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Hurricane Sandy was terrible for many communities in its path, and the devastation has given urgency to climate concerns and innovative solutions.

Henry Fountain writes about one such solution in the NY Times, “With a few dull thuds, the one-ton bag of high-strength fabric tumbled from the wall of the mock subway tunnel and onto the floor. Then it began to grow. As air flowed into it through a hose, the bundle inflated until it was crammed tight inside the 16-foot-diameter tunnel, looking like the filling in a giant concrete-and-steel cannoli.

“The three-minute procedure, conducted on a chilly morning this month in an airport hangar not far from West Virginia University, was the latest test of a device that may someday help guard real tunnels during disasters — whether a terrorist strike or a storm like Hurricane Sandy, whose wind-driven surge of water overwhelmed New York City’s subway system, shutting it down for days.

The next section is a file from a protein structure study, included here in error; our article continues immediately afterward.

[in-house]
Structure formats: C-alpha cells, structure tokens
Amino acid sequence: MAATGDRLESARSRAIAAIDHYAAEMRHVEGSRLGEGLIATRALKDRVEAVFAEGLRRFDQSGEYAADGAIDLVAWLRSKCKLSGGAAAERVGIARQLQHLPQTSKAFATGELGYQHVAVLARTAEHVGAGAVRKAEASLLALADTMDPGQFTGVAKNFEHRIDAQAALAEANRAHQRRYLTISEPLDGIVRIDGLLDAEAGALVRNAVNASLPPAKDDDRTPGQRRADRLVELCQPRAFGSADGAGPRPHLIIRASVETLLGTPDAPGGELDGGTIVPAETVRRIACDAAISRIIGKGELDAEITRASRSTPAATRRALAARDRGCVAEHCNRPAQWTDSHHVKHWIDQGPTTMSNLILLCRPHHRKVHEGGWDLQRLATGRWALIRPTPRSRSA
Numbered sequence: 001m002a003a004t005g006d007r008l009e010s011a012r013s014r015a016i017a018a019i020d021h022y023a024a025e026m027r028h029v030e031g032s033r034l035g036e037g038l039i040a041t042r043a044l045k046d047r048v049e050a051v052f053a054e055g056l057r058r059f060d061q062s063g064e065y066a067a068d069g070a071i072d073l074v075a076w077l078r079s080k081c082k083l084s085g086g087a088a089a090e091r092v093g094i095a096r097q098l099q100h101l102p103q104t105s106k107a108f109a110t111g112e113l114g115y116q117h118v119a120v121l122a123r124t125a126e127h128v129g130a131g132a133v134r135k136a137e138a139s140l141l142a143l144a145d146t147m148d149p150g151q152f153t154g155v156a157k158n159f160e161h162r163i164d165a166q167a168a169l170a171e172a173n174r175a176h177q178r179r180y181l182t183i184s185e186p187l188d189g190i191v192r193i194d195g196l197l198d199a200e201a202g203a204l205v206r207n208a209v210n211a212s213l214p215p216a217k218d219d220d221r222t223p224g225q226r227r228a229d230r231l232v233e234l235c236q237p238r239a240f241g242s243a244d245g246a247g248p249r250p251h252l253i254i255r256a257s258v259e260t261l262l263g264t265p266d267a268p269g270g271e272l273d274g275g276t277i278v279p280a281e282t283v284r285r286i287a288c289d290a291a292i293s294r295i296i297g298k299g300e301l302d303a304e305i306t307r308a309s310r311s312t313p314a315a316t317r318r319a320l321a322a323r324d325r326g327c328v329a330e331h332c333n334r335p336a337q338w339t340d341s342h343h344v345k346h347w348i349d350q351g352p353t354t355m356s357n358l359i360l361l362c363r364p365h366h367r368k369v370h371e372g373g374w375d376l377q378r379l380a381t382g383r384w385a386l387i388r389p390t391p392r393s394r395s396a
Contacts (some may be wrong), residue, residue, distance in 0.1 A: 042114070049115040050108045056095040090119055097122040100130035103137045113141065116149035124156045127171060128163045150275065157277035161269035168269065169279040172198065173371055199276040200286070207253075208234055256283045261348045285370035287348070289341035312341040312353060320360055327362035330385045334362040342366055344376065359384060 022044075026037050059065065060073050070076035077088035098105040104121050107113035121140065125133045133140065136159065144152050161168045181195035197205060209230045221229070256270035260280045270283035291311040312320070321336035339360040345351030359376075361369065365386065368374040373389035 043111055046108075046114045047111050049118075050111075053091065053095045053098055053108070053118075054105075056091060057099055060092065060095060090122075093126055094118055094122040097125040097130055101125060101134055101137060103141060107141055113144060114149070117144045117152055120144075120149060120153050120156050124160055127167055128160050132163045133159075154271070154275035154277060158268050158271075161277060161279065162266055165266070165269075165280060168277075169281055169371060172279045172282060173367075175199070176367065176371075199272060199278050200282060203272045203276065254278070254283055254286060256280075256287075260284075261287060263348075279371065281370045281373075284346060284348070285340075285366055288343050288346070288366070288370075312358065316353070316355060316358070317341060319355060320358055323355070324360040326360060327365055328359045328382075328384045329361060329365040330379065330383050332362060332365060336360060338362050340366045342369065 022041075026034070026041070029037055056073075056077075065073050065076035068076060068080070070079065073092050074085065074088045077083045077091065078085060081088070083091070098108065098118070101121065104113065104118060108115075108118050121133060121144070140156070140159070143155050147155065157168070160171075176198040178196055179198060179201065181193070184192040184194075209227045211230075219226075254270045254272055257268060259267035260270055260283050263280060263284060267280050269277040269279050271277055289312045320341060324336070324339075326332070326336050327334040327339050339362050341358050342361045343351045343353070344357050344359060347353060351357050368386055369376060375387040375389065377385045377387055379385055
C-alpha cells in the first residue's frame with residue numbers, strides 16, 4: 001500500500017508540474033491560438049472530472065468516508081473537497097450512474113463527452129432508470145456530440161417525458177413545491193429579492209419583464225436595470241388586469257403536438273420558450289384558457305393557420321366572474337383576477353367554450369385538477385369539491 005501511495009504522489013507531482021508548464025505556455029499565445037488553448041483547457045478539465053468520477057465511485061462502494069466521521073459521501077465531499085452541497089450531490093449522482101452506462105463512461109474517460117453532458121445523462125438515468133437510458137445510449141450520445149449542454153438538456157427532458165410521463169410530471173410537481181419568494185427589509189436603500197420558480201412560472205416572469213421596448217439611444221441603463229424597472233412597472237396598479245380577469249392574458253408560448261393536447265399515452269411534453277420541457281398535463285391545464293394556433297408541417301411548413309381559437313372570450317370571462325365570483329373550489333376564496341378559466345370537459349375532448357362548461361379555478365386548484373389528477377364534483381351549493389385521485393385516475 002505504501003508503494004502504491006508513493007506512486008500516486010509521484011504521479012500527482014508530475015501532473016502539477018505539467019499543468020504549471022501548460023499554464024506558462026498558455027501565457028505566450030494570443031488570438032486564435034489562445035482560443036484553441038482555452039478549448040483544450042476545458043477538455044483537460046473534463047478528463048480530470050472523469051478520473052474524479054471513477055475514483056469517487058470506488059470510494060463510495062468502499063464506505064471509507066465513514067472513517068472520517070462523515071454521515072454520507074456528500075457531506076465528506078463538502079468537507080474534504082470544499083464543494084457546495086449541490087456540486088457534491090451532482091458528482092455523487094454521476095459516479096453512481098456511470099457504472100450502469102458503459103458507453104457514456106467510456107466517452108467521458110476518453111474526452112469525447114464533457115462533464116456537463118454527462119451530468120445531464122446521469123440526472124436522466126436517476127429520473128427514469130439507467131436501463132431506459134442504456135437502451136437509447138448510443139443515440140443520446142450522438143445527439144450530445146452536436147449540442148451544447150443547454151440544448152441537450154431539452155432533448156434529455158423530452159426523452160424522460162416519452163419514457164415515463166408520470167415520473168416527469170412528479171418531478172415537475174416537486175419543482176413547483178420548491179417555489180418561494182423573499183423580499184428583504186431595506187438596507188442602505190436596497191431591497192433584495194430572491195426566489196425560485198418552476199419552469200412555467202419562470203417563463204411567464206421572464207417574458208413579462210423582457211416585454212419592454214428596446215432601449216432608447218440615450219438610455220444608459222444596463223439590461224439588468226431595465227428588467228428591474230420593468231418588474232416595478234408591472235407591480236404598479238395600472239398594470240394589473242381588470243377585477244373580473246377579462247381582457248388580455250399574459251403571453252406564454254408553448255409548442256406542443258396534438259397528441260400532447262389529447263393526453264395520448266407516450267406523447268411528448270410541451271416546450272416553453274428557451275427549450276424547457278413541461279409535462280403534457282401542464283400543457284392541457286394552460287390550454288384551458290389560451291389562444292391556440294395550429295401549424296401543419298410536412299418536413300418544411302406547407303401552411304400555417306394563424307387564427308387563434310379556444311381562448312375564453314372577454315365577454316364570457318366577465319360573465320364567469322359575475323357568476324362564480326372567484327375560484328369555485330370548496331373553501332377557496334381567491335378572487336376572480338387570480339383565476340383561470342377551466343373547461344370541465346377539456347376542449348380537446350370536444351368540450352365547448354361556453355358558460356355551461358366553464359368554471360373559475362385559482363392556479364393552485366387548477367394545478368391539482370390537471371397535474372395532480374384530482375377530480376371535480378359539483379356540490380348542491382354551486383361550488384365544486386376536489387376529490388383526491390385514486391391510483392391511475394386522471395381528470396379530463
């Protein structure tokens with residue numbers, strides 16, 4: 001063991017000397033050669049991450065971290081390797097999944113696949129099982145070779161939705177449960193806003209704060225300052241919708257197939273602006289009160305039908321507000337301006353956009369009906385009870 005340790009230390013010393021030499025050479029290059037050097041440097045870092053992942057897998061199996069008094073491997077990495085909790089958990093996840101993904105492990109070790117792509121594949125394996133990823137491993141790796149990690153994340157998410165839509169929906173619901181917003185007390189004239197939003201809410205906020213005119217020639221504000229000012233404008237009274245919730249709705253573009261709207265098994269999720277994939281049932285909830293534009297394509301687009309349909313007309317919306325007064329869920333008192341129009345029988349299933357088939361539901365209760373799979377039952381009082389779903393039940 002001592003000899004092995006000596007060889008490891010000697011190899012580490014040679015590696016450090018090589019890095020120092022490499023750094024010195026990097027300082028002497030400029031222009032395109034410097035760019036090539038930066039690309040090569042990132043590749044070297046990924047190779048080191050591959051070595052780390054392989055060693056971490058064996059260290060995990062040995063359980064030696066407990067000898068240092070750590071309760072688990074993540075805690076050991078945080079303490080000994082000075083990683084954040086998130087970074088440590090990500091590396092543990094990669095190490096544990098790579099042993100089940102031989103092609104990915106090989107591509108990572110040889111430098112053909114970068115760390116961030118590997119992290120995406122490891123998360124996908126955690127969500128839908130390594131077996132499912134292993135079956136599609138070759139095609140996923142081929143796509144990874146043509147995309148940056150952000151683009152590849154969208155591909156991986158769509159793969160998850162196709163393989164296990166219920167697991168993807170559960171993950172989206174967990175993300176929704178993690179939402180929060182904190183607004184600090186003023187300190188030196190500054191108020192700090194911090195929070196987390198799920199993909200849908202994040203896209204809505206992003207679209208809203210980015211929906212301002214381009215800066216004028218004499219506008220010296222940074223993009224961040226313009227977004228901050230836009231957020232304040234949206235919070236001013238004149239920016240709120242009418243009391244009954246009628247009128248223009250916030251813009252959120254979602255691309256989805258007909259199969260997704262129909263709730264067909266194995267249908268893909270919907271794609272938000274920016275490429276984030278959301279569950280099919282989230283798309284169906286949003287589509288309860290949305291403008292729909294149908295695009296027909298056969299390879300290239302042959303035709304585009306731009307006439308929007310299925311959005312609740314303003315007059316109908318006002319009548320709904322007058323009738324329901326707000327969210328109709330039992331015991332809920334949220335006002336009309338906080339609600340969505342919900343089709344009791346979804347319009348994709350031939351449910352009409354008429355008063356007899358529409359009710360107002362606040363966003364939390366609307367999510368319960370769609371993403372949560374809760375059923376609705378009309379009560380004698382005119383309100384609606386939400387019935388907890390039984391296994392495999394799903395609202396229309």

“ ‘The goal is to provide flooding protection for transportation tunnels,’ said John Fortune, who is managing the project for the federal Department of Homeland Security’s Science and Technology Directorate.

“The idea is a simple one: rather than retrofitting tunnels with metal floodgates or other expensive structures, the project aims to use a relatively cheap inflatable plug to hold back floodwaters.

“In theory, it would be like blowing up a balloon inside a tube. But in practice, developing a plug that is strong, durable, quick to install and foolproof to deploy is a difficult engineering task, one made even more challenging because of the pliable, relatively lightweight materials required.”

More.

Photograph: NY Times